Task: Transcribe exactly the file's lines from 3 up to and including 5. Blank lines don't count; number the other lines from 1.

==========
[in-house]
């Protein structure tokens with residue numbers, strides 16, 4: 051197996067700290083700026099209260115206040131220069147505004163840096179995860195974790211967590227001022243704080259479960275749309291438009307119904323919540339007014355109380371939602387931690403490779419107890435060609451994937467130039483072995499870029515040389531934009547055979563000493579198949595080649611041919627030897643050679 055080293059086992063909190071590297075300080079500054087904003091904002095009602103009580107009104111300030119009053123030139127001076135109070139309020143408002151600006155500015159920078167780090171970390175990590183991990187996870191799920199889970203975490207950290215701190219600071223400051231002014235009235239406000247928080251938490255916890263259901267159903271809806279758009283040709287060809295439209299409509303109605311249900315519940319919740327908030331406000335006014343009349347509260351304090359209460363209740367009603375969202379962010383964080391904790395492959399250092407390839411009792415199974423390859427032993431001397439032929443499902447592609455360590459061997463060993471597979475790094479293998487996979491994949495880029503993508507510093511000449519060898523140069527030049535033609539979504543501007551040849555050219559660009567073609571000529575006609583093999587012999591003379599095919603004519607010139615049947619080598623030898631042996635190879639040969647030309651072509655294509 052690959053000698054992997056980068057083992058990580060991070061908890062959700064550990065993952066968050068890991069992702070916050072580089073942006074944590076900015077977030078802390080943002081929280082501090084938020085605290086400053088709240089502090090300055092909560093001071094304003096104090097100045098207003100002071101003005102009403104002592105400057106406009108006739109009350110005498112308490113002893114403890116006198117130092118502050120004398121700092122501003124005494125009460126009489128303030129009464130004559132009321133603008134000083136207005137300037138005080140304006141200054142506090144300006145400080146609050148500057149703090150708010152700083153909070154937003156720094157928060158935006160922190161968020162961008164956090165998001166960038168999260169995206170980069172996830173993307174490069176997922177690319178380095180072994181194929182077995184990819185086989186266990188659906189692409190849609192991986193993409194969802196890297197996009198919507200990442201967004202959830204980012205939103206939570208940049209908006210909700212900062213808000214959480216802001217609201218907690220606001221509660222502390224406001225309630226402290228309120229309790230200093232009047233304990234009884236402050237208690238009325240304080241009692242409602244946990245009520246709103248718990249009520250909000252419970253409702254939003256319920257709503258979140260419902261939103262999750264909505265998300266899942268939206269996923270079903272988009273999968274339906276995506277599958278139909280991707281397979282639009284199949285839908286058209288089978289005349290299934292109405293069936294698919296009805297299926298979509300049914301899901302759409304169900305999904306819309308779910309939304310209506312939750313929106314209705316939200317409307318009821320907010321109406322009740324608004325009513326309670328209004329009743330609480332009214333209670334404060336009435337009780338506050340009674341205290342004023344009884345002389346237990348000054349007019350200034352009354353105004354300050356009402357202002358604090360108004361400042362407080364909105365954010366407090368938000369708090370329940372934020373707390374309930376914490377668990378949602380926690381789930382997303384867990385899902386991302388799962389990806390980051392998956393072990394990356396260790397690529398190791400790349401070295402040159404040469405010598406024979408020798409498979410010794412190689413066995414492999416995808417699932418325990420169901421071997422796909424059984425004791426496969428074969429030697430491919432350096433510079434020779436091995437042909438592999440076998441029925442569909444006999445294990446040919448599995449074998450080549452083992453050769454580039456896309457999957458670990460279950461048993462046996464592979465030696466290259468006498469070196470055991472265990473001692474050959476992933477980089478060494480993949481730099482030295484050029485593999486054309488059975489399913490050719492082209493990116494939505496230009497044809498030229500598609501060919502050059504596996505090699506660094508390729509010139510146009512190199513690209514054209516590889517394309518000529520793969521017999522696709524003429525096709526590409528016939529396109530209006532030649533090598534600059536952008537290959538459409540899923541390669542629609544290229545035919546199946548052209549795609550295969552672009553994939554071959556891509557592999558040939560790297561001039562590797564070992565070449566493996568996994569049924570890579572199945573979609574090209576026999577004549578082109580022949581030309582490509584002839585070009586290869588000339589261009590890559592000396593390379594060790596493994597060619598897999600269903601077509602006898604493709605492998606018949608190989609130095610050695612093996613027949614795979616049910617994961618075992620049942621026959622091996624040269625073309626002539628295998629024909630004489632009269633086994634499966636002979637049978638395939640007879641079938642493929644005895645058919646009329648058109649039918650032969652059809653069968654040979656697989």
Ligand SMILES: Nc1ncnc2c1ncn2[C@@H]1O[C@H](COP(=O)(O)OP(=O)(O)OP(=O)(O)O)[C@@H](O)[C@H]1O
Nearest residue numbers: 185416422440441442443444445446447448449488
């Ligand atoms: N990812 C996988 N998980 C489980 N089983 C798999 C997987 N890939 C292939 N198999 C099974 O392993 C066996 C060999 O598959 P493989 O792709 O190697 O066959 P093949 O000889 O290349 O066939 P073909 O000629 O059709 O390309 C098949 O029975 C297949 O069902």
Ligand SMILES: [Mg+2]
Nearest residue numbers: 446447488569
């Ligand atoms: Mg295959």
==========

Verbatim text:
Ligand SMILES: Nc1ncnc2c1ncn2[C@@H]1O[C@H](COP(=O)(O)OP(=O)(O)OP(=O)(O)O)[C@@H](O)[C@H]1O
Nearest residue numbers: 185416422440441442443444445446447448449488
């Ligand atoms: N990812 C996988 N998980 C489980 N089983 C798999 C997987 N890939 C292939 N198999 C099974 O392993 C066996 C060999 O598959 P493989 O792709 O190697 O066959 P093949 O000889 O290349 O066939 P073909 O000629 O059709 O390309 C098949 O029975 C297949 O069902």